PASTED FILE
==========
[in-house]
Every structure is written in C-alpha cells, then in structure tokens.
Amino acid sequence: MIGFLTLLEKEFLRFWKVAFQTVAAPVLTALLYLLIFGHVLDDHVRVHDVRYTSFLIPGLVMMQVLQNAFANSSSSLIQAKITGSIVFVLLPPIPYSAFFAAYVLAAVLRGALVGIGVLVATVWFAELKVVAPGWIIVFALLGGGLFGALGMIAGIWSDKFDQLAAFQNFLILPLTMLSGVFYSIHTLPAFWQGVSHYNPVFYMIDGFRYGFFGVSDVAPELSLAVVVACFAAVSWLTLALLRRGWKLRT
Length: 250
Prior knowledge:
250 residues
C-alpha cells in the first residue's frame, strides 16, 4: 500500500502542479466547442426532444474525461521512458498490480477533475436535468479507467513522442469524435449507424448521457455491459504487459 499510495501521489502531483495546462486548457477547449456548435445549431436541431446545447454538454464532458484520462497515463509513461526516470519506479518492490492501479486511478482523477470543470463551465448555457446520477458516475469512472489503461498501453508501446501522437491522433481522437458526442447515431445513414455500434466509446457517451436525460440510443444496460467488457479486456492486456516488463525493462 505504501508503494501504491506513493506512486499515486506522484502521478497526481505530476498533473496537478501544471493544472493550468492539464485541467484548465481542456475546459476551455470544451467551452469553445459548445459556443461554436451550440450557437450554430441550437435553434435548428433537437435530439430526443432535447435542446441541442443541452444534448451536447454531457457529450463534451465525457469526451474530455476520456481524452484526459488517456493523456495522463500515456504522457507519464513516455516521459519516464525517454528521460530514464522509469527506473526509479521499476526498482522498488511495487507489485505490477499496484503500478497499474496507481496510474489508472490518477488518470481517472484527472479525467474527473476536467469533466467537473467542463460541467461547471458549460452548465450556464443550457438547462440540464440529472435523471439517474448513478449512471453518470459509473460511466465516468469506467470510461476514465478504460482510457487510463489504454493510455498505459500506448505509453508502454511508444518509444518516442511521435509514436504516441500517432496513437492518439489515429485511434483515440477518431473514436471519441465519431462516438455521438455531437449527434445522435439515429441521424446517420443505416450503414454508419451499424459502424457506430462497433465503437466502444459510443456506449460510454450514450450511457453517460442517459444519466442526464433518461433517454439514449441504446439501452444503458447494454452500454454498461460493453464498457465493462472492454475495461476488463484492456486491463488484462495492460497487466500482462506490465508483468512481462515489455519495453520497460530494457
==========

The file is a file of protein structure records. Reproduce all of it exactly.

[in-house]
Every structure is written in C-alpha cells, then in structure tokens.
Amino acid sequence: MIGFLTLLEKEFLRFWKVAFQTVAAPVLTALLYLLIFGHVLDDHVRVHDVRYTSFLIPGLVMMQVLQNAFANSSSSLIQAKITGSIVFVLLPPIPYSAFFAAYVLAAVLRGALVGIGVLVATVWFAELKVVAPGWIIVFALLGGGLFGALGMIAGIWSDKFDQLAAFQNFLILPLTMLSGVFYSIHTLPAFWQGVSHYNPVFYMIDGFRYGFFGVSDVAPELSLAVVVACFAAVSWLTLALLRRGWKLRT
Length: 250
Prior knowledge:
250 residues
C-alpha cells in the first residue's frame, strides 16, 4: 500500500502542479466547442426532444474525461521512458498490480477533475436535468479507467513522442469524435449507424448521457455491459504487459 499510495501521489502531483495546462486548457477547449456548435445549431436541431446545447454538454464532458484520462497515463509513461526516470519506479518492490492501479486511478482523477470543470463551465448555457446520477458516475469512472489503461498501453508501446501522437491522433481522437458526442447515431445513414455500434466509446457517451436525460440510443444496460467488457479486456492486456516488463525493462 505504501508503494501504491506513493506512486499515486506522484502521478497526481505530476498533473496537478501544471493544472493550468492539464485541467484548465481542456475546459476551455470544451467551452469553445459548445459556443461554436451550440450557437450554430441550437435553434435548428433537437435530439430526443432535447435542446441541442443541452444534448451536447454531457457529450463534451465525457469526451474530455476520456481524452484526459488517456493523456495522463500515456504522457507519464513516455516521459519516464525517454528521460530514464522509469527506473526509479521499476526498482522498488511495487507489485505490477499496484503500478497499474496507481496510474489508472490518477488518470481517472484527472479525467474527473476536467469533466467537473467542463460541467461547471458549460452548465450556464443550457438547462440540464440529472435523471439517474448513478449512471453518470459509473460511466465516468469506467470510461476514465478504460482510457487510463489504454493510455498505459500506448505509453508502454511508444518509444518516442511521435509514436504516441500517432496513437492518439489515429485511434483515440477518431473514436471519441465519431462516438455521438455531437449527434445522435439515429441521424446517420443505416450503414454508419451499424459502424457506430462497433465503437466502444459510443456506449460510454450514450450511457453517460442517459444519466442526464433518461433517454439514449441504446439501452444503458447494454452500454454498461460493453464498457465493462472492454475495461476488463484492456486491463488484462495492460497487466500482462506490465508483468512481462515489455519495453520497460530494457